Tuesday, February 10, 2015

White Angus

Jack White thumbs his nose at OU for publishing the details of his contract, including a very specific guacamole recipe. (h/t the one and only king of the skins Martin Atkins)

The recipe in question:
Click for an even more pit-tastic image.

Here, I'll let ol' Diamond Dave explain the logic behind weird contract riders. It makes pretty good sense once you hear it.

Consider the following two explanations for Jack White's refusal to grace OU with his sick guitar chops anymore:

  1. He's a petty prima donna who has his knickers in a twist over being publicly embarrassed. Some snotty college kid at the student newspaper wants to make a fool of him? Up yours, OU. Up yours FOREVER. Ha!
  2. The game theoretic logic behind strange, specific demands included in contract riders only work as intended when the punishment threat is credible. If White had folded and said "ha ha, It's just a joke you guys, I don't actually care about f'ing guacamole. It's just to keep the venue on its toes. I have a very demanding schedule what with all the traveling and writing new material and the rehearsing and whatnot. All I'm really looking for is one quick signal that the people supporting my show are being thorough and diligent," then future venues could game this bit of information to shirk consequence-free.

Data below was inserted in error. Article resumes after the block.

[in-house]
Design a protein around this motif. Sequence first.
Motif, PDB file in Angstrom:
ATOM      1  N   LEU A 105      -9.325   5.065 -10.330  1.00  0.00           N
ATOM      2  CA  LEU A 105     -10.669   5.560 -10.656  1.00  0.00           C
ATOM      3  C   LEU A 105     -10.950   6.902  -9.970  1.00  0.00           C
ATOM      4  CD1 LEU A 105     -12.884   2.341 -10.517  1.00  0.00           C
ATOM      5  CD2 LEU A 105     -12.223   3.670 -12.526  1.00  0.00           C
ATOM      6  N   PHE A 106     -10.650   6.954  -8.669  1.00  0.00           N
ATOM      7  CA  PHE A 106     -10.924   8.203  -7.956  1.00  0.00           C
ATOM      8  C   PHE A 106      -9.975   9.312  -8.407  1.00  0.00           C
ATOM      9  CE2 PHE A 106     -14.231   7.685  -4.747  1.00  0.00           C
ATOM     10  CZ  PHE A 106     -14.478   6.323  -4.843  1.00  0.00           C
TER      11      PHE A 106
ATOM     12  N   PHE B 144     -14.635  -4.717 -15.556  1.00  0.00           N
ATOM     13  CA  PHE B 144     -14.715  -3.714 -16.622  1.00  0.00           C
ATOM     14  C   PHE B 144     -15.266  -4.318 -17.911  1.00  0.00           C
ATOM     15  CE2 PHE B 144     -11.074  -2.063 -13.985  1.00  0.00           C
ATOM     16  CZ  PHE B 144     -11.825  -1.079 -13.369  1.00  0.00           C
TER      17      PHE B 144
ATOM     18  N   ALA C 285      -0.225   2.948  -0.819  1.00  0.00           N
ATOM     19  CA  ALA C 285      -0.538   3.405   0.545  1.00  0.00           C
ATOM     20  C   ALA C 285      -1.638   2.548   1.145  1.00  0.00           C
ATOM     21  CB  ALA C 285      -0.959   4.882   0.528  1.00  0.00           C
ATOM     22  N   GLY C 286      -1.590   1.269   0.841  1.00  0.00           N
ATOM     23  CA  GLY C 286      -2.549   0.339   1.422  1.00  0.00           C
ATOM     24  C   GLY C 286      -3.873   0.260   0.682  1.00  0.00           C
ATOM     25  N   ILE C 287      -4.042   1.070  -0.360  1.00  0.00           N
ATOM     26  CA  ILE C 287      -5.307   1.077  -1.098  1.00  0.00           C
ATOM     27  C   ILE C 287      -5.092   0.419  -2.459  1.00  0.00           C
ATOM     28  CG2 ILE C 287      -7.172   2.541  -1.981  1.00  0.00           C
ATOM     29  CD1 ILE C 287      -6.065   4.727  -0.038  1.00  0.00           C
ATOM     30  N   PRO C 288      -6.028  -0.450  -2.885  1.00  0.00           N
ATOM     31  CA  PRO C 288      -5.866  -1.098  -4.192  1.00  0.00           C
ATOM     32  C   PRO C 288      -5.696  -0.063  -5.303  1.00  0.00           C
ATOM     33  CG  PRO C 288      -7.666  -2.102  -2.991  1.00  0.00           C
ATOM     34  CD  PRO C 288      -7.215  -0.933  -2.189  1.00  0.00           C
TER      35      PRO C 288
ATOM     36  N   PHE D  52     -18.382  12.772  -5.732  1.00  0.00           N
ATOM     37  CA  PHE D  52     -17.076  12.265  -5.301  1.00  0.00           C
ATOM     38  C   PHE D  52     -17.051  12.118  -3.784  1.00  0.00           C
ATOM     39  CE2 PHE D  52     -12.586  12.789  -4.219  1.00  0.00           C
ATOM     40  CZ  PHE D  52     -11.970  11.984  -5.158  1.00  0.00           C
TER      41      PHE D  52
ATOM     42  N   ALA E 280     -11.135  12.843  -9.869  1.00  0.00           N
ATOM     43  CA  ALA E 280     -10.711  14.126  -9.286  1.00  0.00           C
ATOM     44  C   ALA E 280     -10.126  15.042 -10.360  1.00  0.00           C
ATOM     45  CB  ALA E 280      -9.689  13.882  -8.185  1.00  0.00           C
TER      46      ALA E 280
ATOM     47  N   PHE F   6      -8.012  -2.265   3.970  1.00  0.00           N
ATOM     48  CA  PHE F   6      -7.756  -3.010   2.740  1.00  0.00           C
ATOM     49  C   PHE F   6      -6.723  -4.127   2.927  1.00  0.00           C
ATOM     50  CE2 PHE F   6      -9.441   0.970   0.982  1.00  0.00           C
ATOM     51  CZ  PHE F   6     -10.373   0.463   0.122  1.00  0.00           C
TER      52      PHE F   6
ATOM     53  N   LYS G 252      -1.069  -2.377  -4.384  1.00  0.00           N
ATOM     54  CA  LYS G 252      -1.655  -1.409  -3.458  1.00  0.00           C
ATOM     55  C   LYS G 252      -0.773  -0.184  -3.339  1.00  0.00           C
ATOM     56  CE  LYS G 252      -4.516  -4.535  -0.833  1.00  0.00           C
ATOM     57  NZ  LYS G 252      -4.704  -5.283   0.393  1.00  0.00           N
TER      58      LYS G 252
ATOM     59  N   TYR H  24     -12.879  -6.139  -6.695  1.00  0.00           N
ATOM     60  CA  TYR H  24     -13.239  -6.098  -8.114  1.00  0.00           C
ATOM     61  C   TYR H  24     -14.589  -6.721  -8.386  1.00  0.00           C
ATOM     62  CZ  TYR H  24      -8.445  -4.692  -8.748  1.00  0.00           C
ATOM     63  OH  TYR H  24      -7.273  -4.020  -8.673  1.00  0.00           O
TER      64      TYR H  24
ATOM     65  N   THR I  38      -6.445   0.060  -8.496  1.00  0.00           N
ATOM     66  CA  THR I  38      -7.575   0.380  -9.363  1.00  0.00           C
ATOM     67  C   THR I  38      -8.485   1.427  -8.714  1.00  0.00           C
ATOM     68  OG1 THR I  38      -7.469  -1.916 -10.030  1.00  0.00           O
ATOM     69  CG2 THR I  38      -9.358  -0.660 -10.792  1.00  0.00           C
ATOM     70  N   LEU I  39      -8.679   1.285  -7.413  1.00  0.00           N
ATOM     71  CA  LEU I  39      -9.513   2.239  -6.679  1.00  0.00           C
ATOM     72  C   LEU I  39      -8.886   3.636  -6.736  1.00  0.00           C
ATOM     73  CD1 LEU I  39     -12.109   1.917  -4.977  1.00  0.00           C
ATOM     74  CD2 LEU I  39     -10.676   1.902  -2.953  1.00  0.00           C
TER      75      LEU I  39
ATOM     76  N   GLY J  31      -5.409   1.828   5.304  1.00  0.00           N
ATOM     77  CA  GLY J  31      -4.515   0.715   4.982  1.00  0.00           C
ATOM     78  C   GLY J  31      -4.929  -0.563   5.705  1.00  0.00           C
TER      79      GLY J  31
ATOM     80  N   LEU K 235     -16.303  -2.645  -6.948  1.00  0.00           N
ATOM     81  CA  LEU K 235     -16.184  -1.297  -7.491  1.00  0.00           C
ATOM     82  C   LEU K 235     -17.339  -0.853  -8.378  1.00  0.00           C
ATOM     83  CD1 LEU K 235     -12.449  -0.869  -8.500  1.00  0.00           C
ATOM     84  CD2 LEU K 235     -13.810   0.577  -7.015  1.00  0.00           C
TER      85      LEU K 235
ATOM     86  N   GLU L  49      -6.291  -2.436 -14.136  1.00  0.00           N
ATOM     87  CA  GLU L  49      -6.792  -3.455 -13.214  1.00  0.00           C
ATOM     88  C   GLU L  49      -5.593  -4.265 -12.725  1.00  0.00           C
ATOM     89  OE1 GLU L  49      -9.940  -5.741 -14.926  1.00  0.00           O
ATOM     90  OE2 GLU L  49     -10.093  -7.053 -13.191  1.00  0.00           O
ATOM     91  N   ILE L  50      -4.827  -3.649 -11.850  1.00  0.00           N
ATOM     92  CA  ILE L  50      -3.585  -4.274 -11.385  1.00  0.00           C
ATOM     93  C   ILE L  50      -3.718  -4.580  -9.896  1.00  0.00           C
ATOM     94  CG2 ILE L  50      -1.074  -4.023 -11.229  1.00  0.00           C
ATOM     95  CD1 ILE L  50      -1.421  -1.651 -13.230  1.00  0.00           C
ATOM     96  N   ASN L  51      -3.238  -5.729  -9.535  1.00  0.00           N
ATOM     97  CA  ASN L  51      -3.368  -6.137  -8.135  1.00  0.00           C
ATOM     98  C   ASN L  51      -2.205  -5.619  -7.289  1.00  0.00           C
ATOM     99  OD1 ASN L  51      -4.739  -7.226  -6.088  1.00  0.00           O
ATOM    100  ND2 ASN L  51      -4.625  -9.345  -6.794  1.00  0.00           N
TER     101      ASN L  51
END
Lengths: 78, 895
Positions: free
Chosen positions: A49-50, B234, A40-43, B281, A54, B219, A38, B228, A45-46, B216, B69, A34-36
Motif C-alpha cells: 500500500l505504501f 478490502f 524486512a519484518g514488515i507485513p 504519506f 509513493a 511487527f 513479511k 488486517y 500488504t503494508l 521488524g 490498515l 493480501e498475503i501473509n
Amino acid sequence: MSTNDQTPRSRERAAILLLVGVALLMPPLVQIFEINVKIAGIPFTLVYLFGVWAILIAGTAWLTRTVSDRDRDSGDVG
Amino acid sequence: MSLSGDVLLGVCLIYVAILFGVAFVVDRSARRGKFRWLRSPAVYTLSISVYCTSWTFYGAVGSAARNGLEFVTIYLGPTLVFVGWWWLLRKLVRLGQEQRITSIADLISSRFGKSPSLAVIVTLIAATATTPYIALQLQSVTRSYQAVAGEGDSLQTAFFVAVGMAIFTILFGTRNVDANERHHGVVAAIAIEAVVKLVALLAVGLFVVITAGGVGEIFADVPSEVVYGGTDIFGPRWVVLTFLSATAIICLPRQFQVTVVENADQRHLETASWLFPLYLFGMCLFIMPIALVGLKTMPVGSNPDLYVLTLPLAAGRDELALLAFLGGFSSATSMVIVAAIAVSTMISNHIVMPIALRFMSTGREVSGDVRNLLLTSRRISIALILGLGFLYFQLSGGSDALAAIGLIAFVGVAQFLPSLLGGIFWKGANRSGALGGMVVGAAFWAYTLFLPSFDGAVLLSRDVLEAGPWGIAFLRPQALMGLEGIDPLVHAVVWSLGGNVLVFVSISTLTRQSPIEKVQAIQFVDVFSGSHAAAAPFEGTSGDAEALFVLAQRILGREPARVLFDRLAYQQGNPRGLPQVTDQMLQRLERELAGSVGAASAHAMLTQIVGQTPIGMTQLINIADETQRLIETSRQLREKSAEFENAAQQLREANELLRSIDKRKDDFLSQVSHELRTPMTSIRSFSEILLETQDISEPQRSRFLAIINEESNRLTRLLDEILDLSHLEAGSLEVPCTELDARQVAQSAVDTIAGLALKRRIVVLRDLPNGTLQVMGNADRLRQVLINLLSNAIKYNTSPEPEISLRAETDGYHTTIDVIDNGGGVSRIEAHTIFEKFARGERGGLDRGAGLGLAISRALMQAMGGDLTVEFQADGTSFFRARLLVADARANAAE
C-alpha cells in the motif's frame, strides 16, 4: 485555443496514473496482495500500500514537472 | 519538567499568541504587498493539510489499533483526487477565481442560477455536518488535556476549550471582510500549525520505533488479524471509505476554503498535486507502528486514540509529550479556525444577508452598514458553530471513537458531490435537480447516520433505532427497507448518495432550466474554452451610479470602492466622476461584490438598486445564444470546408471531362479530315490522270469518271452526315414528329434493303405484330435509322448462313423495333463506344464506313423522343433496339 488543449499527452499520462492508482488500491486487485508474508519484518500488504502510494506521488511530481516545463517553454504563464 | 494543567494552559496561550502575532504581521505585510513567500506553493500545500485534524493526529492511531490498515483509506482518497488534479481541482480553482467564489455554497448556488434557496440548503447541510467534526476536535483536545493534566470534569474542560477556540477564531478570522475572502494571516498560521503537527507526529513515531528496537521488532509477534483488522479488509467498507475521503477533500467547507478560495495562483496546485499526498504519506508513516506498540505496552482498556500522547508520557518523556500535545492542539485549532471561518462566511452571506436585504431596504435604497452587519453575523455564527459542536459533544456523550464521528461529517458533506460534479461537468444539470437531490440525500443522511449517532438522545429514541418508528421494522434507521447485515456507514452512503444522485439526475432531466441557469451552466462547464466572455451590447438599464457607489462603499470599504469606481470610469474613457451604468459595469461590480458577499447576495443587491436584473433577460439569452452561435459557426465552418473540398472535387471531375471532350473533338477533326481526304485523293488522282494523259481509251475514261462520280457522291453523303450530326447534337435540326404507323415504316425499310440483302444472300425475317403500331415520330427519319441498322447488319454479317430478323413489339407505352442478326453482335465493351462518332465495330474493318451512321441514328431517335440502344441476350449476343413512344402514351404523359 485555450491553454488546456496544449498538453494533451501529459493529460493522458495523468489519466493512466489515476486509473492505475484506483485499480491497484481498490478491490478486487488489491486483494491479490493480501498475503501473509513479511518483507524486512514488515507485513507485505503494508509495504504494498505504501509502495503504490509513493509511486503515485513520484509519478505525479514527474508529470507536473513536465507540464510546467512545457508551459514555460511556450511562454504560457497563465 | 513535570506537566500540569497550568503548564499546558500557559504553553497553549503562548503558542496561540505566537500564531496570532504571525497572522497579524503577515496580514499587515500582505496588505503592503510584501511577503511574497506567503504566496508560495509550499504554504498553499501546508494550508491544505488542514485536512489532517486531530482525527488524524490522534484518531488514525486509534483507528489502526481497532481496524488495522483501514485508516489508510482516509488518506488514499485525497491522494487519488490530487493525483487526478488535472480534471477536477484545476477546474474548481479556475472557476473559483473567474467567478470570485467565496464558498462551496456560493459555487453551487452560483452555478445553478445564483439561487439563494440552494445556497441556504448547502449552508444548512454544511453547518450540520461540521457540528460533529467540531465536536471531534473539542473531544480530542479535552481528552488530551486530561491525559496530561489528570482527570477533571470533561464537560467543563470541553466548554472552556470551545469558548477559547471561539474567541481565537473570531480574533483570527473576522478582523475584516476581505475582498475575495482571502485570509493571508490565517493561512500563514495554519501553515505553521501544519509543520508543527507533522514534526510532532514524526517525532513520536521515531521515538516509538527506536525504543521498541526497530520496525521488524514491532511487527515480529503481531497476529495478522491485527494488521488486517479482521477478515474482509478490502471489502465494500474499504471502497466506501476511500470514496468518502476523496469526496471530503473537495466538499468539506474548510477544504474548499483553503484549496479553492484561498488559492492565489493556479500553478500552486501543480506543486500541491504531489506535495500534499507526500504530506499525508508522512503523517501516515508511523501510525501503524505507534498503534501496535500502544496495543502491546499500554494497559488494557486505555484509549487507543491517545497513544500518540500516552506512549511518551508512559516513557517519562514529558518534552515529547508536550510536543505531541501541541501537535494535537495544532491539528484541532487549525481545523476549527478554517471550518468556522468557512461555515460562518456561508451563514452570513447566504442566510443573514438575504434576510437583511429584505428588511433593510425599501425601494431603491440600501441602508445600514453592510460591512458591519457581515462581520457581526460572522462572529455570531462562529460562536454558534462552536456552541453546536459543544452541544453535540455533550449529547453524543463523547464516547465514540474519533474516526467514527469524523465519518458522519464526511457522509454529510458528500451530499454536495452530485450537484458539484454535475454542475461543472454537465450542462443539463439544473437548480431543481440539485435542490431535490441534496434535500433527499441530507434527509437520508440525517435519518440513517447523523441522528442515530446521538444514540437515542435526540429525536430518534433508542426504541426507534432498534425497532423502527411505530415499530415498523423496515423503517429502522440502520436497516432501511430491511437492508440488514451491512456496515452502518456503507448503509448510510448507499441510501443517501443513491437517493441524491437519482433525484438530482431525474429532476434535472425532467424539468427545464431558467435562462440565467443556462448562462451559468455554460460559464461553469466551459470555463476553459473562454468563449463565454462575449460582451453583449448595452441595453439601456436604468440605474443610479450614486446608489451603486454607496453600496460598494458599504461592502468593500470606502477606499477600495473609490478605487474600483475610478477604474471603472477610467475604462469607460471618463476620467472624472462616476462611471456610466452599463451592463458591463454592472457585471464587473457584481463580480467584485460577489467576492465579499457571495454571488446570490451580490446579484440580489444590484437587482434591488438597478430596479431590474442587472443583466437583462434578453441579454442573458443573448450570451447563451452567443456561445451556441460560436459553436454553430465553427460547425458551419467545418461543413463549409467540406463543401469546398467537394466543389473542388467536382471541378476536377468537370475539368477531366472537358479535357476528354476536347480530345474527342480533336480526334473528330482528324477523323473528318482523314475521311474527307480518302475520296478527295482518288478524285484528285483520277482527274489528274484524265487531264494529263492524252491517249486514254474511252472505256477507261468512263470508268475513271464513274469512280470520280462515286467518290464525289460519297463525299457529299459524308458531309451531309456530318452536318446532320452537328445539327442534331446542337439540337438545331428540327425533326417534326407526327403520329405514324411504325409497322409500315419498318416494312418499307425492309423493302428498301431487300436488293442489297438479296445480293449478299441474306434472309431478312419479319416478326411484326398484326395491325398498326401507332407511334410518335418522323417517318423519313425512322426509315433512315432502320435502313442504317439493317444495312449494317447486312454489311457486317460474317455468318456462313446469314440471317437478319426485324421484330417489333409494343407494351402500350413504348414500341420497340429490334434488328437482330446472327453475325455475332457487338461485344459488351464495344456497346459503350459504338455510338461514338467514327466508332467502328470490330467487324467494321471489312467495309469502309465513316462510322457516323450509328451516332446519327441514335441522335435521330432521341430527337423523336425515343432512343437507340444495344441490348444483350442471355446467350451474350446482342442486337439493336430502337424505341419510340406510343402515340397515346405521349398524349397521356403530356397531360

Naturally, these two hypotheses are not mutually exclusive. I don't know White, so I can't comment on the quality of his character, but would you be able to reject either hypothesis on the weight of the evidence presented?

People, ever since Altamont (or West Warwick if you're a little younger), audience safety is a pretty serious bit of due diligence. For conscientious performers, disregarding this duty comes with a penalty. Note that White is effectively burning his own future earnings to send a signal to venues that he takes the terms of his contract seriously. He insists on accepting his BATNA to signal his credibility. 

That? That's integrity. Integrity and humility. To have the world (or at least Oklahoma) think less of your character all for the safety of the audience and one's fellow performers is an act of courage. Well done, sir. Well done.

No comments:

Post a Comment

Do you have suggestions on where we could find more examples of this phenomenon?